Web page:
24 September 2019

Out of control inner child

Posted this on a forum I belong too.  Wanted to save it because of the "wholly trinity."

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Seriously? Come on Bill, you just avoided going bankrupt for the second time. You pushed your student debt back onto the taxpayer and now you’re ready to spend again? SMH. You’ve mentioned in the past that you have a problem with spending, yet you’re ready to make a major purchase less then a month after acquiring a windfall? Why not try something more productive for your own future growth? The reality is that this is your last chance with having any form of savings… any form of financial security.

Why not leave the money in a financial institution for a year and learn to live on just what you earn? It will teach you the value of a dollar and help separate wants from needs and if you truly need something you will work for it. It is also very freeing to know that money is there but that you can live without it. If you can do that for a year, then do what you want with it. I bet if you did that for a year you’d realize that having it in savings is relaxing and it didn’t disappear or burn a hole in your wallet. You’ll gain some self-respect and see that the things you want can be gotten with patience and a plan.

I’ll let you in on my major plan. I want to buy a house boat. I want to live on the English canals on a boat. It is a very relaxing laid back lifestyle. I’ve been researching it for over a year and right now I could get a pretty nice one with cash. Then I’d need a simple source of income for mooring fees and insurance as well as upkeep. I can easily do it right now. Instead my plan is to wait a couple more years. During that time, I’ll still be researching it and saving more money. If I do it right, I can live on the water for ten years with no worries about any fees or insurance premiums.

It will be more rewarding to me when everything happens because I worked for it and earned it and so can fully enjoy it. The rest is just pscyho-babble which has helped me, hopefully you will read it, if not, no problem, I need to see it myself every now and then…

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Every person has three “beings” within them. In me, I call it my “wholly trinity.” These three characters are my inner-child, my inner-parent, and my inner-adult. Now imagine all three are on a bus riding across the country. In a healthy person, the inner-adult is riding the bus. He is managing every curve, watching uncoming traffic, and obeying the speed limit. Behind him, sharing a seat is the inner-parent and the inner-child. The parent has his arm around the child’s shoulder, and pointing out everything on their journey. He pointing to the beautiful mountains and the lovely lakes. The child, with eyes wide open is enjoying it all, realizing he is safe and free. This is a wholesome and healthy inner-family.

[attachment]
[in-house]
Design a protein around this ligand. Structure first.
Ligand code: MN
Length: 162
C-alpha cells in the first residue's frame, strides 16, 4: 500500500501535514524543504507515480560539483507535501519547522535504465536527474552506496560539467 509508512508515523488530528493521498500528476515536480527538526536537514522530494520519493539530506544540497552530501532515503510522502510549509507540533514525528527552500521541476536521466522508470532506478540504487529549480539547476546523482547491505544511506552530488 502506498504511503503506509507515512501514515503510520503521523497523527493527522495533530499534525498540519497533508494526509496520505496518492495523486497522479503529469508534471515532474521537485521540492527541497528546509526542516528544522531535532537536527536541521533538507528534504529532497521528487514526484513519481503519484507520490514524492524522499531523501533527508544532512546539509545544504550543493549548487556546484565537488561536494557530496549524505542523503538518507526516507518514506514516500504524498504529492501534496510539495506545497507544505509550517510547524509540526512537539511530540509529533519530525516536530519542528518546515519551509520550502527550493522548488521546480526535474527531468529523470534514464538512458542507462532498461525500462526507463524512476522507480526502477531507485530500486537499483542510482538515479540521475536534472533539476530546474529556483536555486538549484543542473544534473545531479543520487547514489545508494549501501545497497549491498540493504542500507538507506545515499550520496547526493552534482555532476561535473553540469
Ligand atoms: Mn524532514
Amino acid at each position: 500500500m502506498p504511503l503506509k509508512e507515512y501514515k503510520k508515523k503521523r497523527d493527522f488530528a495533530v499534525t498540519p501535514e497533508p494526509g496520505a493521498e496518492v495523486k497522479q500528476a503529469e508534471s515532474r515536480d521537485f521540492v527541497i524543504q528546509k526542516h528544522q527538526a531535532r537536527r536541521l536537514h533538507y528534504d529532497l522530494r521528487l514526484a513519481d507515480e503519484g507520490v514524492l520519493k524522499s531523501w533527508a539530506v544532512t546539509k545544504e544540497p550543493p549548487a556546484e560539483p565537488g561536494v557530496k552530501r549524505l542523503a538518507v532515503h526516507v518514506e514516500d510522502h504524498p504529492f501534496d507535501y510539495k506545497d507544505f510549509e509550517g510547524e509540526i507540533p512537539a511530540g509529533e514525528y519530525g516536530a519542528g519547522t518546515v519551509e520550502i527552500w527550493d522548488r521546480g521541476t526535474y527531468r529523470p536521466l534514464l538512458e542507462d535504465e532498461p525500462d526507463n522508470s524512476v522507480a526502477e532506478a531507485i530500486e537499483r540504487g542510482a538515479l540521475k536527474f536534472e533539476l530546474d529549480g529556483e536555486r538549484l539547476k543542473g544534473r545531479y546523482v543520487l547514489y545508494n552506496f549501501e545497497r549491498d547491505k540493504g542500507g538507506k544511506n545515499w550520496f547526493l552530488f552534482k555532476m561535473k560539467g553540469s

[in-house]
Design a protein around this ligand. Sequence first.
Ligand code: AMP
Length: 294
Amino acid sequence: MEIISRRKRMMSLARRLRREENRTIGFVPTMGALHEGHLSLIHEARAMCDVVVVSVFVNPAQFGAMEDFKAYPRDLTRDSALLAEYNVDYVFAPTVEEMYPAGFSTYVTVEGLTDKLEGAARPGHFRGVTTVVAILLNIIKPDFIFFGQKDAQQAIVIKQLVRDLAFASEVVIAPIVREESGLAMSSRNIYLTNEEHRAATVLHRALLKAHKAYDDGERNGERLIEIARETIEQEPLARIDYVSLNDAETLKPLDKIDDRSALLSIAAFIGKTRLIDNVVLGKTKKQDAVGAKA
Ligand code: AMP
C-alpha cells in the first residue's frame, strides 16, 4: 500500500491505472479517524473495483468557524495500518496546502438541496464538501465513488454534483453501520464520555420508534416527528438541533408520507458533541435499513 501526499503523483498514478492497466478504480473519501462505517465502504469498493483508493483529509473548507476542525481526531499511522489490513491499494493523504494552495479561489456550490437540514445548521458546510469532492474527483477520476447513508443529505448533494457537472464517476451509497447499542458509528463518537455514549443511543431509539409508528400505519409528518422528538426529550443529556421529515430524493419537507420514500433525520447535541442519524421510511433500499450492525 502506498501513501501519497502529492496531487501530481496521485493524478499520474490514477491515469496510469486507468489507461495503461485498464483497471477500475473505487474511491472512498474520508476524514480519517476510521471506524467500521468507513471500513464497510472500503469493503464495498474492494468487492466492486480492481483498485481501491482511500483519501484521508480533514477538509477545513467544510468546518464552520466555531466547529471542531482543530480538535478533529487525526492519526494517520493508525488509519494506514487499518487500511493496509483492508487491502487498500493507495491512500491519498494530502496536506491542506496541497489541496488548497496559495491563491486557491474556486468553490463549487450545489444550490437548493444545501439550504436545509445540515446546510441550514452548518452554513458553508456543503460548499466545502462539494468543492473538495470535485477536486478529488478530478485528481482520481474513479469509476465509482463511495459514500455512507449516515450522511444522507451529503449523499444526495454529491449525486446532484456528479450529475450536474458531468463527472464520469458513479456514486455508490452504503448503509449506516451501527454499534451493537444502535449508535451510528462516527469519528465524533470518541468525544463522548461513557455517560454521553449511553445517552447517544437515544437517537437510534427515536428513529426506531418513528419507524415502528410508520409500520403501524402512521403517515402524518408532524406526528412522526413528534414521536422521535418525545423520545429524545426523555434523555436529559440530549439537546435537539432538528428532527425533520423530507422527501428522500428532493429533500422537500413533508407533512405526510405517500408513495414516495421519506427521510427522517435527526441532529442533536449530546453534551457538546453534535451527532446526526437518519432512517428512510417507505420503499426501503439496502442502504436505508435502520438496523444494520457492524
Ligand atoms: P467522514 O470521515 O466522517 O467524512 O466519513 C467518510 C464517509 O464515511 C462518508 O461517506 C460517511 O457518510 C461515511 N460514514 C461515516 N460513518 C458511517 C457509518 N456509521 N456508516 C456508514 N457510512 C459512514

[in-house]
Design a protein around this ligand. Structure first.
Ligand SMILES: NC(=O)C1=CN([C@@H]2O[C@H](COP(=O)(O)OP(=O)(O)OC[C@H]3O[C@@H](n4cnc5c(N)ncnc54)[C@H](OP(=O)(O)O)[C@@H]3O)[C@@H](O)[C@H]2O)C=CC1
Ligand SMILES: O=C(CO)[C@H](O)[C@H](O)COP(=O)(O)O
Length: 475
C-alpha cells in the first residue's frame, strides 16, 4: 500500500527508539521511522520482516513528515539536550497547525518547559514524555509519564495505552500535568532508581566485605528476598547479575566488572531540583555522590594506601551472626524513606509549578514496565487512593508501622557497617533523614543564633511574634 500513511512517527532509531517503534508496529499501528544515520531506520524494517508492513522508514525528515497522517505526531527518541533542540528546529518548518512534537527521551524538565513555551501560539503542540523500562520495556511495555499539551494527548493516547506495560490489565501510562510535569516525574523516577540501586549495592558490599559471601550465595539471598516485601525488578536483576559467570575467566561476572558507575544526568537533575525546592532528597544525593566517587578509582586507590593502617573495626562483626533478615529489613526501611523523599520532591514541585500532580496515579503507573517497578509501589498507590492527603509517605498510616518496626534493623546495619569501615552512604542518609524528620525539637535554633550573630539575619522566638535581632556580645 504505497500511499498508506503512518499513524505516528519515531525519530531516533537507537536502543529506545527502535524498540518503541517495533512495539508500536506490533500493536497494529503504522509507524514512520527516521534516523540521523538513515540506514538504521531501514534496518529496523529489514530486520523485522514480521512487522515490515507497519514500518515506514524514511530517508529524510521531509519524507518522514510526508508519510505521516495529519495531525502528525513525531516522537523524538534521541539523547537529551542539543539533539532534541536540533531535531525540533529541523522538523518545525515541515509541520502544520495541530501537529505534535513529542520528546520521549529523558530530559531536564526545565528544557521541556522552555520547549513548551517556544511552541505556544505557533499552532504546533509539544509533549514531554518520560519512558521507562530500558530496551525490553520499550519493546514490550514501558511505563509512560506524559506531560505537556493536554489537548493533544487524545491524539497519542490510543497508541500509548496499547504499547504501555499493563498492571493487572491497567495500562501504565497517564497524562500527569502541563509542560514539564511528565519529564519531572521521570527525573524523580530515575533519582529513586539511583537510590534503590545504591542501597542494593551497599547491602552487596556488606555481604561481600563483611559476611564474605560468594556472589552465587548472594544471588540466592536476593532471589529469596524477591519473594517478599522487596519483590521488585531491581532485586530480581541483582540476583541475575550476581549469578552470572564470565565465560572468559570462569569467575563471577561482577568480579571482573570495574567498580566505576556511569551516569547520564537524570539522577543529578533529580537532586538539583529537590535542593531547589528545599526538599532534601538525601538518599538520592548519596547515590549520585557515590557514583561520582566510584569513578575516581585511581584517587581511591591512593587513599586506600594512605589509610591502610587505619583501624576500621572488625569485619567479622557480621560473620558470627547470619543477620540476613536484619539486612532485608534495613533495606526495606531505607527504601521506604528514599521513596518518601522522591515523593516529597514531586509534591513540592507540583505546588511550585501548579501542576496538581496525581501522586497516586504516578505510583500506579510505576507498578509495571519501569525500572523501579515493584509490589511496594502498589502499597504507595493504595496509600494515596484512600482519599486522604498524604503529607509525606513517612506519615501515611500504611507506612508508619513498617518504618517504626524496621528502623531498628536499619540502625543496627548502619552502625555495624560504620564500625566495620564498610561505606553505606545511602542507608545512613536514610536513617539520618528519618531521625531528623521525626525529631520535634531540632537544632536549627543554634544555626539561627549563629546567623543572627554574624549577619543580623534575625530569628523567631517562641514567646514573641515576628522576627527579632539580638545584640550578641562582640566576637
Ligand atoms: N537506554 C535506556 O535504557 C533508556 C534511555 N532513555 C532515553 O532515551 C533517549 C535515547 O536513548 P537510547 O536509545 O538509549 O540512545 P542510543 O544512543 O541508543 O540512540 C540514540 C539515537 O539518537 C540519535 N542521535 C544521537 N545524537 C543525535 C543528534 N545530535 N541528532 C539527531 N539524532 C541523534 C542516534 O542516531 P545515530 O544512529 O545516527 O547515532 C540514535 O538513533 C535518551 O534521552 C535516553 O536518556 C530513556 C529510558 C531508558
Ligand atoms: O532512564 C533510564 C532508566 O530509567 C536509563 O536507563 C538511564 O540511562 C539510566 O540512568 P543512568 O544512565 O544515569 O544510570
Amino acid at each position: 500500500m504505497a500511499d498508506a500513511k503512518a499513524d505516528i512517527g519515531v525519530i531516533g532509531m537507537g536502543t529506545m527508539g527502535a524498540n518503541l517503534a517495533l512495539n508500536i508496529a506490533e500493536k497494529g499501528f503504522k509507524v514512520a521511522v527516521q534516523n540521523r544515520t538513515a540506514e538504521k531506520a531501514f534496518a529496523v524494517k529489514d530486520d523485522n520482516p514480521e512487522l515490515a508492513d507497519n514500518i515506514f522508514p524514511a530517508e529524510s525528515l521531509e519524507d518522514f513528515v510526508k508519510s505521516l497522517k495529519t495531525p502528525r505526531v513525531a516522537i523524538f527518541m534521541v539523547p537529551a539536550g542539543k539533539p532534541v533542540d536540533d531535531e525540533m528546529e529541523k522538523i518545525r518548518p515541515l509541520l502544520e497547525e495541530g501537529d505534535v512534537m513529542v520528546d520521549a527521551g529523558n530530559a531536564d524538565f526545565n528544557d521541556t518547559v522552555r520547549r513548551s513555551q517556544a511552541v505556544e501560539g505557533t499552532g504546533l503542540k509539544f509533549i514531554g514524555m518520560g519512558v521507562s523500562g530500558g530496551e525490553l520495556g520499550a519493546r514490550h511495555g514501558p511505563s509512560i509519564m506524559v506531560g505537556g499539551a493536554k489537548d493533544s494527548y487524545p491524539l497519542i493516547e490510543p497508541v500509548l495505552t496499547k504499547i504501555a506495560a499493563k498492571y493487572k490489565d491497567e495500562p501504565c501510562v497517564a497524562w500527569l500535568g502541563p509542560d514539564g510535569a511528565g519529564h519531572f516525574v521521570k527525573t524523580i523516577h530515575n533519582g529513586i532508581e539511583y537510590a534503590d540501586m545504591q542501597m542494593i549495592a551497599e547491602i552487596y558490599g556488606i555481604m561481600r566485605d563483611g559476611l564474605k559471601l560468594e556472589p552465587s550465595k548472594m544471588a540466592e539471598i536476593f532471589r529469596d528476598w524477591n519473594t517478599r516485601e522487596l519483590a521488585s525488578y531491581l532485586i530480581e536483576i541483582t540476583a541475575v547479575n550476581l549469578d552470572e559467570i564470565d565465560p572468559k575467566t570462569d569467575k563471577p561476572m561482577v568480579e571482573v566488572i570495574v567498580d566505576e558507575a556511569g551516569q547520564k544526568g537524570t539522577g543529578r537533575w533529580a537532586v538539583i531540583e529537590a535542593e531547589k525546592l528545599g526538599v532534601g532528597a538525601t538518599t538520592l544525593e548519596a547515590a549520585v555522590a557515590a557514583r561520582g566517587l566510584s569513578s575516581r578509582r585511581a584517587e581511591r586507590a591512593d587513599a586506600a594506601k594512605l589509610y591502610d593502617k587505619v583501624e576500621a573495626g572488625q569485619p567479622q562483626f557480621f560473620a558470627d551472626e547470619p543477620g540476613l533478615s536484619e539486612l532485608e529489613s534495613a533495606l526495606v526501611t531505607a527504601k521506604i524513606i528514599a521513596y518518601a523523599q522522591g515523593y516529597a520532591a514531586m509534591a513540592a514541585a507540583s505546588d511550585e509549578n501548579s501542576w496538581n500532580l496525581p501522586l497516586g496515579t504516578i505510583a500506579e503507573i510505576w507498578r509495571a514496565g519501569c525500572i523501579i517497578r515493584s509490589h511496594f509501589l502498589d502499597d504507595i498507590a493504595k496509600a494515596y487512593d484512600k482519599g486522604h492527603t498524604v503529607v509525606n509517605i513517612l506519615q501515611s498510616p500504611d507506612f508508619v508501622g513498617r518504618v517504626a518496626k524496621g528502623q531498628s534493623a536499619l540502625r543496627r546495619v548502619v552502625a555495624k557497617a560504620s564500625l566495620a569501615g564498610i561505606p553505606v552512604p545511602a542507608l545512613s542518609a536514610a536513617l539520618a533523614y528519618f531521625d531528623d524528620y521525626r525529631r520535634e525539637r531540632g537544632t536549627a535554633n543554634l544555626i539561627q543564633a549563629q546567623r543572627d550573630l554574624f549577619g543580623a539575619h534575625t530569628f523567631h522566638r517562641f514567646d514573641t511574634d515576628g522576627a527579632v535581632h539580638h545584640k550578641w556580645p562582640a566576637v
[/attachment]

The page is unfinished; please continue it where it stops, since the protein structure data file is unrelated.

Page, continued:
Now imagine the opposite – an unhealthy inner-family. The child is riding the bus, the parent is in the rear of the bus ignoring the child, reading the newspaper, while the adult is yelling at the parent to take charge. The child doesn’t care about curves or sped limits or anything else… everything he wants, he wants RIGHT NOW, no matter the consequences. When “stuff hits the fan” the child cries and whines that it isn’t his fault. The parent hides behind the seat, and the adult tries to protect the other two by pointing fingers at everybody else, instead of accepting any responsibility for the child’s actions.

The conclusion is that the child is never wrong. We all need to have dreams, yet it is the responsibility of the parent to say no to the child and to be a parent and not a friend. If the parent can do that then the adult can ride the bus knowing that everyone has a place and everyone is responsible within their place.

I spent the majority of my life with my inner-child riding the bus, going from one disaster to another. Form unemployment, to homelessness, to addiction and alcoholism, to finally finding financial security and peace.

06 July 2019

A Decade Of Change

Ten years! Seemingly a long time, yet in hindsight a very short time. Ten years ago, I was deep in debt, going through a divorce, contemplating bankruptcy and very much ashamed of how my life turned out.

At 52 years old and besides having a small 401K I had nothing to my name. I was cash broke and asset poor. While I owned a home, the two mortgages against it made it virtually worthless.

As a recovering alcoholic I only have one thing in my life that I guard as much as my sobriety and that is my word. My debts were the mortgages, medical bills, and credit cards. Everyone of these debts I gave my word that they would be paid back. It was only this word of mine that stopped me from bankruptcy. So somehow I had to find a plan to get out of debt.

The first step was getting rid of the biggest debt I had – the house. I wrote a letter to the mortgage company and told them that I was walking away from it. That the house was theirs – to do with what they wanted. I did this to actually save a little money on court proceedings and eviction.

Within a year the house was sold and I owed a now manageable $9,000 on the shortfall from the house. Over the following year I paid that off as well as the penalties owed on taxes.

By leaving the house, I left behind a $564 a month house payment and found a $250 a month small apartment. I got rid of cable TV and lived with rabbit ears on the TV and watched other shows via the Internet. Instead of a 40 mile round trip car ride to work, I now had a two block walk to work, saving more money.

Being 52, it was time to start some kind of a savings account. My first one was with my checking account. I rounded up the checks I wrote and rounded down the deposits I made. It was a very small way to save money but it served another purpose. It stopped me from bouncing checks. At $35 a shot, the savings added up quickly. I haven’t balanced my checkbook in over ten years and haven’t bounced a check in that same time. While my account may say I only $10, the truth is I have over $500 in it, but just seeing that $10 in my ledger stops me from going overboard on spending.